Monday, August 17, 2009

On Selling Oneself to Science

during the school year, when i felt too guilty to spend student loan money on playtime, i got this great idea from my roommate regina that i would sell my body...

... to science.

one of the perks of living close to the medical campus is that it usually comes with loads of researchers looking for sick people and healthy people (called controls) with which to compare said sick people. i generally qualify under the "healthy" category, so all i have to do is troll the hallway bulletin boards of basically every building within a 3-block radius for those fliers that have the sideways tabs snipped at the bottom that you can rip off (how do they DO that? someone please tell me the secret!). you try to skip over the $15/hr type ads because those aren't worth your time. i'd say $200+ is the way to go.

during second semester of school, i felt like i hit the jackpot--i signed up for a study that paid me $500 to scan my brain a couple of time and answer a lot of questions that let them know that i don't have OCD, depression, etc. then while i was there, they signed me up for another study that paid me $100 to listen to white noise for 15 minutes with the occasional pop of sound, and then play video games. after the $500 gig though, i had to stop. one of the brain scans, while it included a tasty free lunch (with lemonade!), also threw in an arterial line, which is kind of like an IV line, but instead of angling the needle at a 15 degree angle, it's closer to 90. needless to say (pun SO intended) it wasn't an experience i wanted to repeat, and i decided that future studies, if there were going to be any, were not going to involve needles.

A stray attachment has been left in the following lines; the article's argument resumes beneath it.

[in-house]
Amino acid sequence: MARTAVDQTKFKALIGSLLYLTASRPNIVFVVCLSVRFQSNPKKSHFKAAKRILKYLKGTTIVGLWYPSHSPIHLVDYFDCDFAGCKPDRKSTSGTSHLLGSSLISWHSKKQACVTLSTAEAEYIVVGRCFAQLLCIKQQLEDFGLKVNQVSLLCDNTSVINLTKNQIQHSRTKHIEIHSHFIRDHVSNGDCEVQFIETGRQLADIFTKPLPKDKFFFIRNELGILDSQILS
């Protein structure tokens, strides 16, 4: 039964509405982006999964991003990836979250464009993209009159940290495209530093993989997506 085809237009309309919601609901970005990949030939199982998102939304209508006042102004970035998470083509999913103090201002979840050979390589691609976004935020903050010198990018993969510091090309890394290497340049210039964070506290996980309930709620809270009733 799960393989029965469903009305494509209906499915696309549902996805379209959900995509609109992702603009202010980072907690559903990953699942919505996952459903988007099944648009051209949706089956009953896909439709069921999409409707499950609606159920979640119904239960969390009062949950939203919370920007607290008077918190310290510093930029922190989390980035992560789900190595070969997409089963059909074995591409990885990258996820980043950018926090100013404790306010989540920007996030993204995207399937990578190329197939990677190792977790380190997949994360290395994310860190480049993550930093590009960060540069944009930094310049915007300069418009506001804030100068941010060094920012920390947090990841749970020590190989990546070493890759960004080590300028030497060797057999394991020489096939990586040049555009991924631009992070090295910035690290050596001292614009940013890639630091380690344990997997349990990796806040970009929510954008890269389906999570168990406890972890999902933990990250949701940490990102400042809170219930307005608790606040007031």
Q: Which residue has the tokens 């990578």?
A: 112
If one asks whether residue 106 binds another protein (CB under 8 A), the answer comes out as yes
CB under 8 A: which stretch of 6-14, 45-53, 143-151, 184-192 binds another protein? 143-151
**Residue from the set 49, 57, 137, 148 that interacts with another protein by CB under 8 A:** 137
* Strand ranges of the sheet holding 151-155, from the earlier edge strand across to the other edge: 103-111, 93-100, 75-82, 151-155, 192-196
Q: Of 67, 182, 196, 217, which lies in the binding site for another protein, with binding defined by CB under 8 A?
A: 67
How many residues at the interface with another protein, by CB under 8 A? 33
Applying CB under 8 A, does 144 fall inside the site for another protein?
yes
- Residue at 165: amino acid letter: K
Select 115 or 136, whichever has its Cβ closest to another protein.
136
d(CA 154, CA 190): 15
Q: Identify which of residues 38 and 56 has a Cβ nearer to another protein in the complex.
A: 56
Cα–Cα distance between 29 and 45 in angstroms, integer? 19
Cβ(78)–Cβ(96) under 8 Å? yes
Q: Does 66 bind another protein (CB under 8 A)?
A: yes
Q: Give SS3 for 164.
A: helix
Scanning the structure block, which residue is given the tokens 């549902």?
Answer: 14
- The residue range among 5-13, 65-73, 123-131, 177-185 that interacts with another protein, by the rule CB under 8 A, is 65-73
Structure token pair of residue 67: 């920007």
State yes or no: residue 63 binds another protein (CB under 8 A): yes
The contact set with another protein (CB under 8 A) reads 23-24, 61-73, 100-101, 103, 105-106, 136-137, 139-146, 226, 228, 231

being largely unemployed this summer (who am i kidding? we all know i mean "completely unemployed") i'm not strapped for cash, but i wanted some extra play money beyond what i was getting for selling my and random other textbooks i found in the house (that's an entirely different entry altogether! let me just say that while selling your textbooks is a good idea, selling other people's textbooks is much more lucrative) so i signed up for some more studies.

some of them i didn't qualify for--i don't drink enough, i'm not pregnant, i don't have tourettes or a kid who has tourette's, etc--but for one i did and that is how i found myself in an MRI machine at 9 this morning, strapped in with my fingers taped down into a permanent fist, tracing an arc between two circles with a gross pair of makeshift glasses too close to my eyeball and making me half squint like someone who has some kind of facial nerve damage.

in general i think the take home message i get in addition to the take home pay (!!!!) is that humans, at least to researchers (phd's and md's alike), are nothing more than lab rats. i started to understand a tiny sliver of how patients in the hospital feel when they are helpless and sometimes tied down, unable to move, and told to do things that are uncomfortable by people who clearly have not experienced such discomfort. except i signed up for these experiments and got paid for them. patients don't sign up for liver disease or get paid to have colon cancer. that's why we have actual lab rats.

anyway, to quote the doctor from the simpsons (what's his name? the crazy one european one, not the black one with the great chuckle): "the most rewarding part was when they gave me my money."

No comments:

Post a Comment